• The feudal age begins in 1185 with the victory of the Minamoto


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Kamakura culture, a golden age of peace and harmony.

  • The emperor and his court were preserved

  • Real power rested with the Minamoto and their samurai retainers.

  • Yoritomo was the leader of the victorous Minamoto


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Shogun culture, a golden age of peace and harmony.

  • The title given to the military leader of the bakufu at Kamakura


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The Hojo Family culture, a golden age of peace and harmony.

  • The Death of Yoritomo


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The Hojo Family culture, a golden age of peace and harmony.

  • manipulated the Minamoto shoguns

  • The Minamoto shoguns claimed to rule in the name of the emperor at Kyoto


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Ashikaga Shogunate culture, a golden age of peace and harmony.

  • Ashikaga Takuaji led a revolt of the bushi that overthrow the Kamakura regime and established the Ashikaga Shogunate, 1336-1573

  • Flight of the emperor to Yoshino


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Civil War culture, a golden age of peace and harmony.

  • Full-scale civil war raged from 1467 to 1477.

  • Koyoto was reduced to rubble

  • Japan was divided into nearly three hundred little kingdoms, whose warloards were called Daimyosrather than bushi.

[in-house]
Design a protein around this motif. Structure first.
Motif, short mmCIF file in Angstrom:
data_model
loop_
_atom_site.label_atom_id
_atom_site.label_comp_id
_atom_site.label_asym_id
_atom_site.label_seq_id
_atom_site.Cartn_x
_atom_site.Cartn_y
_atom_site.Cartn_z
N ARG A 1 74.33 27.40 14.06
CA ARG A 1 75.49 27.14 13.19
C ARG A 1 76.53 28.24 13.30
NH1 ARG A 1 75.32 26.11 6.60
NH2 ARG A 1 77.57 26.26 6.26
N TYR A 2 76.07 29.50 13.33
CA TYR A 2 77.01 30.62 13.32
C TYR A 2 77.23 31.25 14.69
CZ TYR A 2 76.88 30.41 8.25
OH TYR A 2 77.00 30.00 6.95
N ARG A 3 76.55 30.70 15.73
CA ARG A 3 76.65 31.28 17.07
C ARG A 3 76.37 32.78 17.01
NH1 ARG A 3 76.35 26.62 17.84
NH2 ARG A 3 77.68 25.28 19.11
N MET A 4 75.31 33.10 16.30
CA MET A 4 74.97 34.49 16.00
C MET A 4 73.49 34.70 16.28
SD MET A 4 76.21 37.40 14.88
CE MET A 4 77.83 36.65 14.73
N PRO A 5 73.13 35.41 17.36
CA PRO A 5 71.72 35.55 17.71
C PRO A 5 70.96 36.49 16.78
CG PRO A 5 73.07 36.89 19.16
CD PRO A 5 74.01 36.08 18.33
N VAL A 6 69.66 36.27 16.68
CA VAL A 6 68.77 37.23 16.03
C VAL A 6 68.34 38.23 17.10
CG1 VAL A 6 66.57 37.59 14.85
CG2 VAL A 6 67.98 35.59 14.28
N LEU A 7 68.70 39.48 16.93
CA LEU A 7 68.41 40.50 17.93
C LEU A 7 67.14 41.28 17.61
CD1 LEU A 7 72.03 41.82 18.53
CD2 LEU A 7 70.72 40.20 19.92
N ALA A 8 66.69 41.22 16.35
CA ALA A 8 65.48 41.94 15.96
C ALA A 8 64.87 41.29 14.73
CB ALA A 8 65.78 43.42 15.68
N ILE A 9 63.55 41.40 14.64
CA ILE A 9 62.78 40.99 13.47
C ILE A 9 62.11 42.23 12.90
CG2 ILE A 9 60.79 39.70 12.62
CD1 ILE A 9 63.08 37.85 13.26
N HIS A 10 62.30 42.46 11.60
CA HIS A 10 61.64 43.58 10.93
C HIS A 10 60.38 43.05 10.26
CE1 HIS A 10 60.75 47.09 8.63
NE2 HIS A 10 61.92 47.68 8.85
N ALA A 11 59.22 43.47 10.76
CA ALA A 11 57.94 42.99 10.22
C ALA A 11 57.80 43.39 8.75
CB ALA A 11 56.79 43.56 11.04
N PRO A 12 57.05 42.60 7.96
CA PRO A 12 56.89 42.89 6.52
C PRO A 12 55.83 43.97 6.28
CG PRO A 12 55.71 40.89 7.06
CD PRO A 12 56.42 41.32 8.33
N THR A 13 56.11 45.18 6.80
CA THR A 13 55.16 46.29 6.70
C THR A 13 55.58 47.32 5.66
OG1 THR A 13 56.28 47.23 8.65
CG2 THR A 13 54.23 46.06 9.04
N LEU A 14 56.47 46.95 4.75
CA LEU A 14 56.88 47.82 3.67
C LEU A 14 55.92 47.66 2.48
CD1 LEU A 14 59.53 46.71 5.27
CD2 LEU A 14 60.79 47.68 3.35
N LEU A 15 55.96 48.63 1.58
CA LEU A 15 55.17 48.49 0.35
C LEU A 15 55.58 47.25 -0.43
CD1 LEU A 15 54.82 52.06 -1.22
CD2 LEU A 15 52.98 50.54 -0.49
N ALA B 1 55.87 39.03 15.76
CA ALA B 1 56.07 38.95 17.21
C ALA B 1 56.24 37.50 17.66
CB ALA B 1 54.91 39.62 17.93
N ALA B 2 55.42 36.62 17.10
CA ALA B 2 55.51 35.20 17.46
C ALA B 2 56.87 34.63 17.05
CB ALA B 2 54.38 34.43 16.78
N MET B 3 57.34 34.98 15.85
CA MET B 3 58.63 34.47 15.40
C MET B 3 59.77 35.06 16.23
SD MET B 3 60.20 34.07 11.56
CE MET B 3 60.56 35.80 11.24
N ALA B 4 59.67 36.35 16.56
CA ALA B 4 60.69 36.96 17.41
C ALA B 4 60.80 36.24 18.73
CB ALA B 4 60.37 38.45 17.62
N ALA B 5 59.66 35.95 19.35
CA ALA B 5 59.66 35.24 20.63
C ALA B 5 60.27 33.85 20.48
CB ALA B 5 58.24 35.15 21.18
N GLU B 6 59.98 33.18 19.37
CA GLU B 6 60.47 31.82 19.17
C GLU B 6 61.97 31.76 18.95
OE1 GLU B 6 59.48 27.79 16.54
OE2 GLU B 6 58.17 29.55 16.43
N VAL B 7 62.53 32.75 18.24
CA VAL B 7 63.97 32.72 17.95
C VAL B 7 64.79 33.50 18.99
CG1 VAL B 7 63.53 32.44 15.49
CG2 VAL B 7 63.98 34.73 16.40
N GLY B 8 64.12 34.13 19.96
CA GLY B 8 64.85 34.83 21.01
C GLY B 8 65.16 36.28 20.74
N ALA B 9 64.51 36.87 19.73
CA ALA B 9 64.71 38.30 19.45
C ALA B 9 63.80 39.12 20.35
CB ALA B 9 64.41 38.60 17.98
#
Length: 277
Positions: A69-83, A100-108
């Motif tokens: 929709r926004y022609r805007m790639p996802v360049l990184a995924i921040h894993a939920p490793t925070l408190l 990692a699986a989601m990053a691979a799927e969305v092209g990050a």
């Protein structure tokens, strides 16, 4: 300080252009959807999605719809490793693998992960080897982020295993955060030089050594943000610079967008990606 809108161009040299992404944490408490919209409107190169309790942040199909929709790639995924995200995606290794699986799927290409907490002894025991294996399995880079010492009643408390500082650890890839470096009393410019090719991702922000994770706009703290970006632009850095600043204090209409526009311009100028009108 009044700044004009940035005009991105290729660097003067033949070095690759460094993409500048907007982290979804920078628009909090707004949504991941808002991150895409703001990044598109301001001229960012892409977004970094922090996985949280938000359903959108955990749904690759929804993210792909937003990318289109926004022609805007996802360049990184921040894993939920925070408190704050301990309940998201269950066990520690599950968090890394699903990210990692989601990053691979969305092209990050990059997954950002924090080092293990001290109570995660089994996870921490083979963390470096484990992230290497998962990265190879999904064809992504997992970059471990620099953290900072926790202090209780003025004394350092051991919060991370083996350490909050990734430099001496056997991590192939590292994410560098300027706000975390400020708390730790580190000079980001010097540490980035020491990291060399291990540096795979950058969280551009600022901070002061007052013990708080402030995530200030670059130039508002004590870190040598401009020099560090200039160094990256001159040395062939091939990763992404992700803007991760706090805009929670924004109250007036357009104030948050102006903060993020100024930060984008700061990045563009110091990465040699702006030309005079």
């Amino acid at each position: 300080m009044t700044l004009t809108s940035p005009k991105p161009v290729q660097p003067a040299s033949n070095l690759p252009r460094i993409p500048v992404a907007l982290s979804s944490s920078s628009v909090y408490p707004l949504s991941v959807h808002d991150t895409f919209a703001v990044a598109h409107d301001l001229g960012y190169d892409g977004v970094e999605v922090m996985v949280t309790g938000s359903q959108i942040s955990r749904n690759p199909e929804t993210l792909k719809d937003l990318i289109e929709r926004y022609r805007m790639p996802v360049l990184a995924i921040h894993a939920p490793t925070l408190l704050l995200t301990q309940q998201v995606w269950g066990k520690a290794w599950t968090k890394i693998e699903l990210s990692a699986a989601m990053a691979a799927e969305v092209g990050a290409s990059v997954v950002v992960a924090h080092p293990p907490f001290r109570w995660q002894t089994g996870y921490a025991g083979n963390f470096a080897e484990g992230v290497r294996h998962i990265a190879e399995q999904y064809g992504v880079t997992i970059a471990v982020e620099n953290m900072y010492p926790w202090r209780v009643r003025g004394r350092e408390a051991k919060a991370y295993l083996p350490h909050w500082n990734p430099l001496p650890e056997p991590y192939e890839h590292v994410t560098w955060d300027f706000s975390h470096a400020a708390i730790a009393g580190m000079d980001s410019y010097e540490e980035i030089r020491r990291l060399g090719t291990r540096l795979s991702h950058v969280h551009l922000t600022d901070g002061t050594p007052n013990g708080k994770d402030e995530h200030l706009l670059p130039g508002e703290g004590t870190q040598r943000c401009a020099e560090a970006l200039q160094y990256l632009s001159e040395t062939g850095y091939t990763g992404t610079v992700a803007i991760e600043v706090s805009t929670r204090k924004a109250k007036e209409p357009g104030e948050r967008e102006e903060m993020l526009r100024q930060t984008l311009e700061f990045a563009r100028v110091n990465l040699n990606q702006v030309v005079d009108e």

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Toward Barbarism? Military Division and Social Change culture, a golden age of peace and harmony.

  • In the 15th and 16th centuries the chivalrous qualities of the bushi deteriorated

  • Despite chaos and suffering of peasant there was economic and cultural growth

  • New crops-soybeans


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Zen Buddhism culture, a golden age of peace and harmony.


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Influence of Zen Buddhism culture, a golden age of peace and harmony.



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Women in daimyo, warrior elite families architectural

  • By the 14th and 15th centuries, the trend in daimyo families was toward primogeniture

  • Women of the elite classes who no longer shared in the division of the family estate.

  • Women became defenseless appendages of warrior husbands

  • Japanese women of all classes lost the role of celebrant in religious ceremonies


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Japan Europe architectural


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Japan Europe architectural